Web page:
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Legislator Barnhart Calls Out Senator Cooney

Monroe County Legislator Rachel Barnhart, NYS Senator Jeremy Cooney

Monroe County Legislator Rachel Barnhart called out Senator Jeremy Cooney regarding a grant awarded to two local nonprofits. 

Barnhart expressed concerns about the lack of documentation regarding the nonprofit status of the entities receiving a grant, particularly about a barbershop that Cooney did not mention in the letter of support. 

In July of 2023, Senator Jeremy Cooney released a statement supporting the purchase of 1274 Dewey Ave, a property that has come under scrutiny due to its connection to Devon Reynolds, the owner of a barbershop located at the site and former employee of the embattled Community Resource Collaborative (CRC). 

Barnhart tweeted, "The night I heard about this ARPA scandal, I found CRC's purchase of the building in 2 min. And within 10 min understood it was improper because Reynolds operates a for-profit barbershop there & the food pantry was a for-profit (still has no EIN per IRS) until the week of the purchase when it registered as a nonprofit (AFTER this was written). 

Barnhart continues, "So I don't understand how a state senator's office doesn't spend the 10 min I did vetting stuff like a $200,000 grant." Barnhart added an image of the letter, viewable below. 

In response to Barnhart's concerns, Senator Cooney highlighted the positive impact of the grant on local nonprofits serving Northwest families.

"Legislator, I appreciate you raising this concern but want to provide the full picture," Cooney tweeted. "First, no state dollars have or will be distributed to CRC for this project. Last year, we awarded a reimbursable grant to two local nonprofits to expand and serve more NW families (1/2)"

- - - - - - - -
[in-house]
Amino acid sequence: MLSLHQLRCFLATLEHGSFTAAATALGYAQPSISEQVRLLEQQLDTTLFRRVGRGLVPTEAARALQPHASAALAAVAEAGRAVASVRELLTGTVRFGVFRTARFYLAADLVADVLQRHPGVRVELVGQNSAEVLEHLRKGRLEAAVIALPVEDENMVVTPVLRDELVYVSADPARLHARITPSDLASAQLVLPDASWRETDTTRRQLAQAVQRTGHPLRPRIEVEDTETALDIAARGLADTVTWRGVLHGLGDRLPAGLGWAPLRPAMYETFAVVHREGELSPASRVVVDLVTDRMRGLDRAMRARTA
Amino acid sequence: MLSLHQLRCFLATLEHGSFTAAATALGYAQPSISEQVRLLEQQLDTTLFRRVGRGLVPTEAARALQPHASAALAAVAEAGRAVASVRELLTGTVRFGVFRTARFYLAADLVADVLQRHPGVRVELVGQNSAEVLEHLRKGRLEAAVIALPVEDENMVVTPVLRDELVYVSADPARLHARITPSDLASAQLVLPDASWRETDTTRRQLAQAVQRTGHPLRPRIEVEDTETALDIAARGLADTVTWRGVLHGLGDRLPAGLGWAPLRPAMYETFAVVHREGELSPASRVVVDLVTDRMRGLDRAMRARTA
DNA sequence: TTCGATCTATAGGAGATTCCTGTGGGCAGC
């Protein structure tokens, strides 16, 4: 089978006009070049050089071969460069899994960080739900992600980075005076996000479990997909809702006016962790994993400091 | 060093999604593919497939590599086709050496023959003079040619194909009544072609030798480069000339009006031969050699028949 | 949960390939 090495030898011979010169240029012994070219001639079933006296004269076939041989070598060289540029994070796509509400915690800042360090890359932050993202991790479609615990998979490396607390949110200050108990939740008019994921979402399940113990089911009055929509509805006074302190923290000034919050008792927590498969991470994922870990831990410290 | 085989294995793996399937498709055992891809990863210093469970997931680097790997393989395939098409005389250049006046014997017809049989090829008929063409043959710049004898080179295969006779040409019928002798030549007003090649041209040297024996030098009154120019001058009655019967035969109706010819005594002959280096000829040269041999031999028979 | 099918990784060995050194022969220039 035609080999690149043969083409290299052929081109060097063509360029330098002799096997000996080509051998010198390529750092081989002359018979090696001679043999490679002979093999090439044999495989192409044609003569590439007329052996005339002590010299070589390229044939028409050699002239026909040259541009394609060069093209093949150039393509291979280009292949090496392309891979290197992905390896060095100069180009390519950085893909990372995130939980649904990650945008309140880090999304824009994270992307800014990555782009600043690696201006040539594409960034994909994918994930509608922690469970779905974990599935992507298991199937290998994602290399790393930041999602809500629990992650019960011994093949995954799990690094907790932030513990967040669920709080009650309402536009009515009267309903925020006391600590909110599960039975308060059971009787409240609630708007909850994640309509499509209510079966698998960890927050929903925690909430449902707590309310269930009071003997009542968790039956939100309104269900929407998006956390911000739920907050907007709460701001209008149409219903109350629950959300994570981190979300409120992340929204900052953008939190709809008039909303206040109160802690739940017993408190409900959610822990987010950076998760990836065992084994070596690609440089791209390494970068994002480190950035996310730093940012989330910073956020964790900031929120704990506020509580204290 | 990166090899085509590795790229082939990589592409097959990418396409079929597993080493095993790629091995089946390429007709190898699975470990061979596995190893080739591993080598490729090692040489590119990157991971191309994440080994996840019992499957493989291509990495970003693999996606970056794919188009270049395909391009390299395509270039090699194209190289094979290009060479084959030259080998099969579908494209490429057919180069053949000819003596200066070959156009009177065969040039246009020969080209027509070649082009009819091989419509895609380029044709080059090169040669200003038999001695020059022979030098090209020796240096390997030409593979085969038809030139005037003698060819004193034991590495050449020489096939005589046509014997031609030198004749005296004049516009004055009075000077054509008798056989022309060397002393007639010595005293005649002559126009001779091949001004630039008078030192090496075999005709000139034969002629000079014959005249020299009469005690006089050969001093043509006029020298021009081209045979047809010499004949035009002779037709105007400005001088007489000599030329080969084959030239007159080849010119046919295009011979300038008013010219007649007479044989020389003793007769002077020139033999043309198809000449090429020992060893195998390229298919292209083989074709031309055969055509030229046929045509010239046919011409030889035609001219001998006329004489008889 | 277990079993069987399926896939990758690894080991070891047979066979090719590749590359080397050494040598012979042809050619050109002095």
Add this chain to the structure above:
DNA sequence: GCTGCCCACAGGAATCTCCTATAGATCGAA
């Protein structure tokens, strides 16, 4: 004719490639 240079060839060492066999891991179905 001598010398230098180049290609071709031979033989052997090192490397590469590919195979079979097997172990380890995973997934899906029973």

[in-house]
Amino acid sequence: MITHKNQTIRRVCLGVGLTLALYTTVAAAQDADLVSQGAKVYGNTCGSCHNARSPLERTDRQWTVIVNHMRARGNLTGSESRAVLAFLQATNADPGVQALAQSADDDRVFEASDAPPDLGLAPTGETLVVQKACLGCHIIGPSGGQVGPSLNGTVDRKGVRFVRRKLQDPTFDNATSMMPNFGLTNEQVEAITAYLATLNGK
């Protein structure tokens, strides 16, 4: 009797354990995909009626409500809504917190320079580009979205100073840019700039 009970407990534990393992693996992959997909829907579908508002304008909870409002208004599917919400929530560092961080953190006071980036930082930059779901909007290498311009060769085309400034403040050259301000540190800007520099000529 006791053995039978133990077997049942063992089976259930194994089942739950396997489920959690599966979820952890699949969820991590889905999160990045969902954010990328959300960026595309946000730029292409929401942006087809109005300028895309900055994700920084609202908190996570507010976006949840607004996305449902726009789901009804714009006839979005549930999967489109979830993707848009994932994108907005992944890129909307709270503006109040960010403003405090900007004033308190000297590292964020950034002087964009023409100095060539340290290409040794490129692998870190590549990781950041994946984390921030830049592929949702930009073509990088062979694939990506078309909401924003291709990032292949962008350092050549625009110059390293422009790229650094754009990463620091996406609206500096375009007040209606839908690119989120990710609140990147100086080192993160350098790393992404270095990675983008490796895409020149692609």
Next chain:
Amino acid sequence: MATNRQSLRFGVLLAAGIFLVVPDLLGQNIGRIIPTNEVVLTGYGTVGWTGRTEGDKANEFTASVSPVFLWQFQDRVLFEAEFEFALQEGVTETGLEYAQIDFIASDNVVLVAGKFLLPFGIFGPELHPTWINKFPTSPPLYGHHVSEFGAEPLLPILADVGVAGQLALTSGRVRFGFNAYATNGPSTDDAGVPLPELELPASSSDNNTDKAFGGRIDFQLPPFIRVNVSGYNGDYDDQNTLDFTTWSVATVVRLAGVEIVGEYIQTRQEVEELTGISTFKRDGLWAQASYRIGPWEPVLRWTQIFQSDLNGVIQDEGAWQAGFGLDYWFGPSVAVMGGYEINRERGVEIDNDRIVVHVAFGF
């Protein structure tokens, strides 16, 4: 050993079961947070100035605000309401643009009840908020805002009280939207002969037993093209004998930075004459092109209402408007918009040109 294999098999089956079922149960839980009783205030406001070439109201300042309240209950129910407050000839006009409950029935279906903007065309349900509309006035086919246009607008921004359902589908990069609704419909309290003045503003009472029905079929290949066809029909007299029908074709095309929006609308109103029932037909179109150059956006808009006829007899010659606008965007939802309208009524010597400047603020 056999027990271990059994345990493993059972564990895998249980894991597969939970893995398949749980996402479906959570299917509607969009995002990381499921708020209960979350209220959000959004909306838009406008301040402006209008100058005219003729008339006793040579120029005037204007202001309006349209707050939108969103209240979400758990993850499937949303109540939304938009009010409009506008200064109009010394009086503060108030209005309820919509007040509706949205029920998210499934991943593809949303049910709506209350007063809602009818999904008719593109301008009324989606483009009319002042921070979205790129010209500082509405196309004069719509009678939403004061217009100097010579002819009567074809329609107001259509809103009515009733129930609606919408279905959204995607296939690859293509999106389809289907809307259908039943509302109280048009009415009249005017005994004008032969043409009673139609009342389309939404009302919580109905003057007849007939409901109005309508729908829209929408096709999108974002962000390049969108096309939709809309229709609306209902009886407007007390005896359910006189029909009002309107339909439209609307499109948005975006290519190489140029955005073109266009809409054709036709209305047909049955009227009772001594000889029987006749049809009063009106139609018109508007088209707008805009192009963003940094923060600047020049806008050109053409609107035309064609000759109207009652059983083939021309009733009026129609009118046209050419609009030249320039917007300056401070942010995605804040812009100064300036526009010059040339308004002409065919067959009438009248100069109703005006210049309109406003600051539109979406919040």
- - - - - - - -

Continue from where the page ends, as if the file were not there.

"in this building. These nonprofits serve the community with a food pantry and through child crisis initiatives, each listed CRC as a fiduciary. We froze the grant process immediately upon the launch of the county’s investigation, and it will not proceed with the CRC listed. (2/2)"

Although Cooney tweeted, "no state dollars have or will be distributed to CRC for this project" the property was purchased by CRC in August of 2023 and gifted to Reynolds. 

But Cooney's office noted that the money they received was from the county but "due to the recent investigations the grant process has been frozen."

CRC became the subject of an investigation after the county received an email regarding financial mismanagement. In response to the allegations, CRC's bank accounts were frozen and an independent forensic review was conducted by EFPR Group.

The authorities performed a forensic review, briefing legislative caucuses, and sharing information with law enforcement partners. 

EFPR Group concluded that CRC received $1,067,971.67 in reimbursement from the County for distribution to NCP partners. Those partners properly received $750,514.65 in reimbursement but are owed $243,907.02. At this time, CRC is allegedly insolvent and does not have the money to pay back its outstanding obligations.

The review also discovered that CRC commingled multiple funding streams in the same bank accounts – money from the ARPA grant along with funds from nearly $1 million in other grants, as well as loans and lines of credit. CRC did not track which funds came from the appropriate source. In addition, CRC overpaid itself $23,779 in administrative fees it was not entitled to.

It is unclear as to which funds were used to purchase 1274 Dewey Ave. Public officials have a responsibility to ensure that taxpayers' money is used effectively and ethically.


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